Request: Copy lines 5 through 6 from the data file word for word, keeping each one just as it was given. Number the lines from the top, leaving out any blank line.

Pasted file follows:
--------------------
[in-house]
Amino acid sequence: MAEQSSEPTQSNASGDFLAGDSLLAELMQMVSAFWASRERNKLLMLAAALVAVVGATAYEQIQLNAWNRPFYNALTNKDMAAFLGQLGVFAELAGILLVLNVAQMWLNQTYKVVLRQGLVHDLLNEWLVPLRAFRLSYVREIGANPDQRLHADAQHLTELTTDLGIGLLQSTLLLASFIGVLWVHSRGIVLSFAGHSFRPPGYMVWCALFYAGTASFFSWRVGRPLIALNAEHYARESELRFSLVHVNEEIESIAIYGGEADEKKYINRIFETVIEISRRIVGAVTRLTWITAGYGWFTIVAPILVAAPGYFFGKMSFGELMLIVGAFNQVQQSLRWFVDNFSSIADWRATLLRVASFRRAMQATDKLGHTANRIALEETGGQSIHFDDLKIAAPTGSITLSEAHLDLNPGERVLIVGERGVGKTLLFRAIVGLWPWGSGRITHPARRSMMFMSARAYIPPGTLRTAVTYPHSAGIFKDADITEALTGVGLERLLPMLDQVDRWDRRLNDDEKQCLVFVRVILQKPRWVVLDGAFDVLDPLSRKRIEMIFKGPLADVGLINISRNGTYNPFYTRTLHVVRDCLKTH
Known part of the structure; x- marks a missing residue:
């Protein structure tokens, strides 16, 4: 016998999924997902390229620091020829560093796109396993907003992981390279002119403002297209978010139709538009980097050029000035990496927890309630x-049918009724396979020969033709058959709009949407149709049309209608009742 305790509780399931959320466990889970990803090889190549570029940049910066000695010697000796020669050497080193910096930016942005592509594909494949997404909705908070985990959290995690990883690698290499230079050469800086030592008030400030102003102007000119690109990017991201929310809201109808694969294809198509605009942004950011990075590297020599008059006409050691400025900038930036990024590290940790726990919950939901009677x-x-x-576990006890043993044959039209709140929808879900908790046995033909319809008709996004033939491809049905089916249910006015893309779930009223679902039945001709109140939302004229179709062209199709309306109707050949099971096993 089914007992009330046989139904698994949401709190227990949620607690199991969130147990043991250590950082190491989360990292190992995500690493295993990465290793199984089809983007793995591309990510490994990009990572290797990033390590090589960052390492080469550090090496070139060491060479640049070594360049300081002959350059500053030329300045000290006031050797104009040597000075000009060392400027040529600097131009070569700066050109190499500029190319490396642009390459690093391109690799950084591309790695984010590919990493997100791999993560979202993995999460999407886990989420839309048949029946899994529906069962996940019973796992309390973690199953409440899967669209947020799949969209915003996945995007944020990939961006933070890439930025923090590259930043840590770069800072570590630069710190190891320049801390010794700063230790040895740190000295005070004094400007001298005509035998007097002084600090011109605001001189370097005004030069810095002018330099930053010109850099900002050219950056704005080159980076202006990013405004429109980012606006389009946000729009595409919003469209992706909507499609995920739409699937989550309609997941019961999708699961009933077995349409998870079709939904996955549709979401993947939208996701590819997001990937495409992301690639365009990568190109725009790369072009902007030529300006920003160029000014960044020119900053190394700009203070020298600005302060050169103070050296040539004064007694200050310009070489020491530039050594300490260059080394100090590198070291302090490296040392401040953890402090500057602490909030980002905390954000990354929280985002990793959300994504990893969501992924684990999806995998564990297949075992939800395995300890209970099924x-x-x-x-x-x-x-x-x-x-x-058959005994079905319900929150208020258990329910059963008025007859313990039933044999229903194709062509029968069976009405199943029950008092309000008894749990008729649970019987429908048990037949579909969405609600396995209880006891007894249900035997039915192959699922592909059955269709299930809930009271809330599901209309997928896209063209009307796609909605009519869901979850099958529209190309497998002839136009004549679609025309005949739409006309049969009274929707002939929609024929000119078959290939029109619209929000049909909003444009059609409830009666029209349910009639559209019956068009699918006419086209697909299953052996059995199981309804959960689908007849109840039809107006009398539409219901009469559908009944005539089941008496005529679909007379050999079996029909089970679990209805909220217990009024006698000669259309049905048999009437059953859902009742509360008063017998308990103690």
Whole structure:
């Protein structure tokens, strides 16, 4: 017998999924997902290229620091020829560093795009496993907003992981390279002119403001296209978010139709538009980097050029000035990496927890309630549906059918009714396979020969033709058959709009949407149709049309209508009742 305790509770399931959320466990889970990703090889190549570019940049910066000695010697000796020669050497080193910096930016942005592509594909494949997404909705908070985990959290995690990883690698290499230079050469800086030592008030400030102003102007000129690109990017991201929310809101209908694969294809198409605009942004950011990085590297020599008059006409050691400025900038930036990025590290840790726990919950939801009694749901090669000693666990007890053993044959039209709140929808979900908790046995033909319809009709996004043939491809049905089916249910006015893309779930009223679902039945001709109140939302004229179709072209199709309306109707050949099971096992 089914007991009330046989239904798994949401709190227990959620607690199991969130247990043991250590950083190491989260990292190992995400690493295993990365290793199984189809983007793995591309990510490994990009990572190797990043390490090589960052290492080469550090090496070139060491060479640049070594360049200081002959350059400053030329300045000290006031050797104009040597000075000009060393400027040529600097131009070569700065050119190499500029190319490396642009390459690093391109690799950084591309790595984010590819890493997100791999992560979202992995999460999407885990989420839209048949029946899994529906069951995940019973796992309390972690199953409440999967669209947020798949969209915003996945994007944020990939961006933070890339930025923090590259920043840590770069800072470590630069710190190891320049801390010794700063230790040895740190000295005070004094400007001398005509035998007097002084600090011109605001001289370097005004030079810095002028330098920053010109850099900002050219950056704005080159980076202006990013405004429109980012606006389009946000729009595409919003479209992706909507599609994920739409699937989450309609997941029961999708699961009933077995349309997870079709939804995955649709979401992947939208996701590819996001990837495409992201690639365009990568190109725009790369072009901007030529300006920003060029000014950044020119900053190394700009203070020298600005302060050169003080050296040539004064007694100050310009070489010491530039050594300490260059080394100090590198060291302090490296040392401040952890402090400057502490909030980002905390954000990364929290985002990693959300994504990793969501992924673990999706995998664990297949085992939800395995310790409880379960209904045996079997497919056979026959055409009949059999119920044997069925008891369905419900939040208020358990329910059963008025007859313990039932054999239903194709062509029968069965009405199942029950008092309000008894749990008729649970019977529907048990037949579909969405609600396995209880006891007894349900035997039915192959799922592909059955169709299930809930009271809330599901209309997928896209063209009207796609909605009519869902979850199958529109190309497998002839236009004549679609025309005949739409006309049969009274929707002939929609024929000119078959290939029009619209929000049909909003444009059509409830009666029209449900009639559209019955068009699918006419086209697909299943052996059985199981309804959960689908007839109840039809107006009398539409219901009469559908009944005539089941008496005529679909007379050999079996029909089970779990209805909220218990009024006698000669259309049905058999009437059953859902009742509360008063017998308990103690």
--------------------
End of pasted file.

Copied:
Whole structure:
């Protein structure tokens, strides 16, 4: 017998999924997902290229620091020829560093795009496993907003992981390279002119403001296209978010139709538009980097050029000035990496927890309630549906059918009714396979020969033709058959709009949407149709049309209508009742 305790509770399931959320466990889970990703090889190549570019940049910066000695010697000796020669050497080193910096930016942005592509594909494949997404909705908070985990959290995690990883690698290499230079050469800086030592008030400030102003102007000129690109990017991201929310809101209908694969294809198409605009942004950011990085590297020599008059006409050691400025900038930036990025590290840790726990919950939801009694749901090669000693666990007890053993044959039209709140929808979900908790046995033909319809009709996004043939491809049905089916249910006015893309779930009223679902039945001709109140939302004229179709072209199709309306109707050949099971096992 089914007991009330046989239904798994949401709190227990959620607690199991969130247990043991250590950083190491989260990292190992995400690493295993990365290793199984189809983007793995591309990510490994990009990572190797990043390490090589960052290492080469550090090496070139060491060479640049070594360049200081002959350059400053030329300045000290006031050797104009040597000075000009060393400027040529600097131009070569700065050119190499500029190319490396642009390459690093391109690799950084591309790595984010590819890493997100791999992560979202992995999460999407885990989420839209048949029946899994529906069951995940019973796992309390972690199953409440999967669209947020798949969209915003996945994007944020990939961006933070890339930025923090590259920043840590770069800072470590630069710190190891320049801390010794700063230790040895740190000295005070004094400007001398005509035998007097002084600090011109605001001289370097005004030079810095002028330098920053010109850099900002050219950056704005080159980076202006990013405004429109980012606006389009946000729009595409919003479209992706909507599609994920739409699937989450309609997941029961999708699961009933077995349309997870079709939804995955649709979401992947939208996701590819996001990837495409992201690639365009990568190109725009790369072009901007030529300006920003060029000014950044020119900053190394700009203070020298600005302060050169003080050296040539004064007694100050310009070489010491530039050594300490260059080394100090590198060291302090490296040392401040952890402090400057502490909030980002905390954000990364929290985002990693959300994504990793969501992924673990999706995998664990297949085992939800395995310790409880379960209904045996079997497919056979026959055409009949059999119920044997069925008891369905419900939040208020358990329910059963008025007859313990039932054999239903194709062509029968069965009405199942029950008092309000008894749990008729649970019977529907048990037949579909969405609600396995209880006891007894349900035997039915192959799922592909059955169709299930809930009271809330599901209309997928896209063209009207796609909605009519869902979850199958529109190309497998002839236009004549679609025309005949739409006309049969009274929707002939929609024929000119078959290939029009619209929000049909909003444009059509409830009666029209449900009639559209019955068009699918006419086209697909299943052996059985199981309804959960689908007839109840039809107006009398539409219901009469559908009944005539089941008496005529679909007379050999079996029909089970779990209805909220218990009024006698000669259309049905058999009437059953859902009742509360008063017998308990103690």